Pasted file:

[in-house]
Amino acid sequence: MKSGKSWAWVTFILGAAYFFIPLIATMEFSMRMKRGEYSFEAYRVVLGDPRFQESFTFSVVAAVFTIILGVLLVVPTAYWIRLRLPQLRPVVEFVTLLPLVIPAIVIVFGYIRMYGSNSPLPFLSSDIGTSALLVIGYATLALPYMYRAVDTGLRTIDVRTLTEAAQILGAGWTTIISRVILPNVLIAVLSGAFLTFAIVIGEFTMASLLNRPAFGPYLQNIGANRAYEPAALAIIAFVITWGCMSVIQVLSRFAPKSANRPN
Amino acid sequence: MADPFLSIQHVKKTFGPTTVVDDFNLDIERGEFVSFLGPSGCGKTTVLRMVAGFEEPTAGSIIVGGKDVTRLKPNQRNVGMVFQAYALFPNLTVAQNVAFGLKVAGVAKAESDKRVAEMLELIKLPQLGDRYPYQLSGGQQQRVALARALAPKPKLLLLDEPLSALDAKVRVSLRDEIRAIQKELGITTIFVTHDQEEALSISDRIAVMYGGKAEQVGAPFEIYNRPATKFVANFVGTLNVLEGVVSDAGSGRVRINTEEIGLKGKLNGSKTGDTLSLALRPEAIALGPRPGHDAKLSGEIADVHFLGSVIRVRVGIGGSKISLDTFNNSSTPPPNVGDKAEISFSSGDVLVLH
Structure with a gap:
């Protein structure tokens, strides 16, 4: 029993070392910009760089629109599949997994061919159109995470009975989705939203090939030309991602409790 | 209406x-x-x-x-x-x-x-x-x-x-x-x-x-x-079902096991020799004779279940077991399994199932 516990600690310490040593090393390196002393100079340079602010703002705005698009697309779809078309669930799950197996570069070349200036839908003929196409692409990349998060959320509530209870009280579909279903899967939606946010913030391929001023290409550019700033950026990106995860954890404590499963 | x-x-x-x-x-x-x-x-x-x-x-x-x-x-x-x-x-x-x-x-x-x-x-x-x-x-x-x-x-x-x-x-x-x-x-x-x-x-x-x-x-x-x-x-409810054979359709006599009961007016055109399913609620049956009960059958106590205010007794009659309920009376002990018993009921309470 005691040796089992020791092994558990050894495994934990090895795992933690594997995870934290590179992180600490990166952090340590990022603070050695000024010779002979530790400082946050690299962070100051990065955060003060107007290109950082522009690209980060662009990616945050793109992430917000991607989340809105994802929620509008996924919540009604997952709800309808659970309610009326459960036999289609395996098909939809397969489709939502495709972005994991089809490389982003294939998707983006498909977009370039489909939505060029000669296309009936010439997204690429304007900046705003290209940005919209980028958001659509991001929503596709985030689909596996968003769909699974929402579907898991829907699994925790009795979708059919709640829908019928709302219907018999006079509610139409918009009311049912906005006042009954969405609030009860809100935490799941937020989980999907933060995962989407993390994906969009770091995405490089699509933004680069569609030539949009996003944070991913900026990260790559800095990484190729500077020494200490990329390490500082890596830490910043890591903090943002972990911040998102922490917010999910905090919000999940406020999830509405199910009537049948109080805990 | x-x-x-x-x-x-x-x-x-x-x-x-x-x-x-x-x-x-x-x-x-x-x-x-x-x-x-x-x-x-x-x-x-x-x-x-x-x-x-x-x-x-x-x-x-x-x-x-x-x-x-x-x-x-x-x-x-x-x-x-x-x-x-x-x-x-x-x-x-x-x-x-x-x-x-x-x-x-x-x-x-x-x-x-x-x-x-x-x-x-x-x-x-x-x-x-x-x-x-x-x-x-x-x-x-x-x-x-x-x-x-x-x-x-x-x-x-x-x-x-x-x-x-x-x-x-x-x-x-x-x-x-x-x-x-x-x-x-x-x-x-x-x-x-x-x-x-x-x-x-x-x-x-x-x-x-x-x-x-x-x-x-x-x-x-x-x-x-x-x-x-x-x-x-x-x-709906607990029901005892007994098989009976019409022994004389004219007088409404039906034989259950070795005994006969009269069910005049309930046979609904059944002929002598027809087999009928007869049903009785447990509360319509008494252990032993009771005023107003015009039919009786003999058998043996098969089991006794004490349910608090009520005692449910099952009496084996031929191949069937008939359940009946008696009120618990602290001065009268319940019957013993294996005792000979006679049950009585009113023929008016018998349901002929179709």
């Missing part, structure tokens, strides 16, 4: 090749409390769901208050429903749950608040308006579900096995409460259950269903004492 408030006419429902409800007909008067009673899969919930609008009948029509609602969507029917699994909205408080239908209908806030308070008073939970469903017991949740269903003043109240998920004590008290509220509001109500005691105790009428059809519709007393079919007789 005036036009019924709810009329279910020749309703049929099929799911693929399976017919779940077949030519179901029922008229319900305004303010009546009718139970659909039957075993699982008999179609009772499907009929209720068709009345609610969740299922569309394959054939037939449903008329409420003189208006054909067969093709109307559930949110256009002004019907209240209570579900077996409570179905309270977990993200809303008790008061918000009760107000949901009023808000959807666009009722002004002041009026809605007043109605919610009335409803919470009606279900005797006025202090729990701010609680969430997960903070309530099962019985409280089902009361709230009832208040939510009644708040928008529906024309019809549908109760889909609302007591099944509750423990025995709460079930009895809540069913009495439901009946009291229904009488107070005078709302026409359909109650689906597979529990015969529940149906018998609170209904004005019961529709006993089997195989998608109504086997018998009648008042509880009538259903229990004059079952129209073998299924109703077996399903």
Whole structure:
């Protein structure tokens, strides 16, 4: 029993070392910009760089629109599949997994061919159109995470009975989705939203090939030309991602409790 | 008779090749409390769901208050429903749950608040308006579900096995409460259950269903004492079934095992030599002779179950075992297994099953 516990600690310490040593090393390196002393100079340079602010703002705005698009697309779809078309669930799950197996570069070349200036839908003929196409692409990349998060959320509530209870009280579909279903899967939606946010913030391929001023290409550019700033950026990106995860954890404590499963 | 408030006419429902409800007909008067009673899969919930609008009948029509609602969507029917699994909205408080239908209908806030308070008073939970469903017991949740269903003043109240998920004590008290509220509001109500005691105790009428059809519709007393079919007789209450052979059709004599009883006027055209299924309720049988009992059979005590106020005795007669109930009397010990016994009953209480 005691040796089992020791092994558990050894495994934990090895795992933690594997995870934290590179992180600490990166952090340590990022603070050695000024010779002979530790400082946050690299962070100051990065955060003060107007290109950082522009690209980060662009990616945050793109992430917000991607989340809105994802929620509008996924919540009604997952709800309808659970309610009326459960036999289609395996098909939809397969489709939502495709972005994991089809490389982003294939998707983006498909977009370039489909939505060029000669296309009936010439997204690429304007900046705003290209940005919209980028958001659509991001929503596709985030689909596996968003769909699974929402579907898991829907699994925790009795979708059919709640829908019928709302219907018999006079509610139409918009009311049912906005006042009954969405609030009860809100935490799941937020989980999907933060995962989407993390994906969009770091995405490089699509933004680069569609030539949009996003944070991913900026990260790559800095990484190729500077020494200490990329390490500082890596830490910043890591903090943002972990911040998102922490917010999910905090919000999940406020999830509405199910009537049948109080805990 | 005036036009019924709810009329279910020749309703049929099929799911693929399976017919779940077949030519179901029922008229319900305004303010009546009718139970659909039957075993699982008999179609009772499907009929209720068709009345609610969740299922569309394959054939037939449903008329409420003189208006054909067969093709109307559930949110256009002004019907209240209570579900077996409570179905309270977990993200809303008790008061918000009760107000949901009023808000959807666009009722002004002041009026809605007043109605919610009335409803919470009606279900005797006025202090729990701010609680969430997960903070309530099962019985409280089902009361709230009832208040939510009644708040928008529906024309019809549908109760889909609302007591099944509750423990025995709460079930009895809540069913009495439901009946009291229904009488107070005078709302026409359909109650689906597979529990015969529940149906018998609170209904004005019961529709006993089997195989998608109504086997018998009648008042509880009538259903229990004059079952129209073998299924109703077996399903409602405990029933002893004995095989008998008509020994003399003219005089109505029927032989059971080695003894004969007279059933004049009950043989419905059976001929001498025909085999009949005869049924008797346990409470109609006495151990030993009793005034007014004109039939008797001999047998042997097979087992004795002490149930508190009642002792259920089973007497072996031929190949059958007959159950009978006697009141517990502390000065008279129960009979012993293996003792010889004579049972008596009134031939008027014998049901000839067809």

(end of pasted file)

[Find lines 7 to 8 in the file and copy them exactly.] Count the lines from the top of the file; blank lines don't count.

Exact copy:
Whole structure:
């Protein structure tokens, strides 16, 4: 029993070392910009760089629109599949997994061919159109995470009975989705939203090939030309991602409790 | 008779090749409390769901208050429903749950608040308006579900096995409460259950269903004492079934095992030599002779179950075992297994099953 516990600690310490040593090393390196002393100079340079602010703002705005698009697309779809078309669930799950197996570069070349200036839908003929196409692409990349998060959320509530209870009280579909279903899967939606946010913030391929001023290409550019700033950026990106995860954890404590499963 | 408030006419429902409800007909008067009673899969919930609008009948029509609602969507029917699994909205408080239908209908806030308070008073939970469903017991949740269903003043109240998920004590008290509220509001109500005691105790009428059809519709007393079919007789209450052979059709004599009883006027055209299924309720049988009992059979005590106020005795007669109930009397010990016994009953209480 005691040796089992020791092994558990050894495994934990090895795992933690594997995870934290590179992180600490990166952090340590990022603070050695000024010779002979530790400082946050690299962070100051990065955060003060107007290109950082522009690209980060662009990616945050793109992430917000991607989340809105994802929620509008996924919540009604997952709800309808659970309610009326459960036999289609395996098909939809397969489709939502495709972005994991089809490389982003294939998707983006498909977009370039489909939505060029000669296309009936010439997204690429304007900046705003290209940005919209980028958001659509991001929503596709985030689909596996968003769909699974929402579907898991829907699994925790009795979708059919709640829908019928709302219907018999006079509610139409918009009311049912906005006042009954969405609030009860809100935490799941937020989980999907933060995962989407993390994906969009770091995405490089699509933004680069569609030539949009996003944070991913900026990260790559800095990484190729500077020494200490990329390490500082890596830490910043890591903090943002972990911040998102922490917010999910905090919000999940406020999830509405199910009537049948109080805990 | 005036036009019924709810009329279910020749309703049929099929799911693929399976017919779940077949030519179901029922008229319900305004303010009546009718139970659909039957075993699982008999179609009772499907009929209720068709009345609610969740299922569309394959054939037939449903008329409420003189208006054909067969093709109307559930949110256009002004019907209240209570579900077996409570179905309270977990993200809303008790008061918000009760107000949901009023808000959807666009009722002004002041009026809605007043109605919610009335409803919470009606279900005797006025202090729990701010609680969430997960903070309530099962019985409280089902009361709230009832208040939510009644708040928008529906024309019809549908109760889909609302007591099944509750423990025995709460079930009895809540069913009495439901009946009291229904009488107070005078709302026409359909109650689906597979529990015969529940149906018998609170209904004005019961529709006993089997195989998608109504086997018998009648008042509880009538259903229990004059079952129209073998299924109703077996399903409602405990029933002893004995095989008998008509020994003399003219005089109505029927032989059971080695003894004969007279059933004049009950043989419905059976001929001498025909085999009949005869049924008797346990409470109609006495151990030993009793005034007014004109039939008797001999047998042997097979087992004795002490149930508190009642002792259920089973007497072996031929190949059958007959159950009978006697009141517990502390000065008279129960009979012993293996003792010889004579049972008596009134031939008027014998049901000839067809």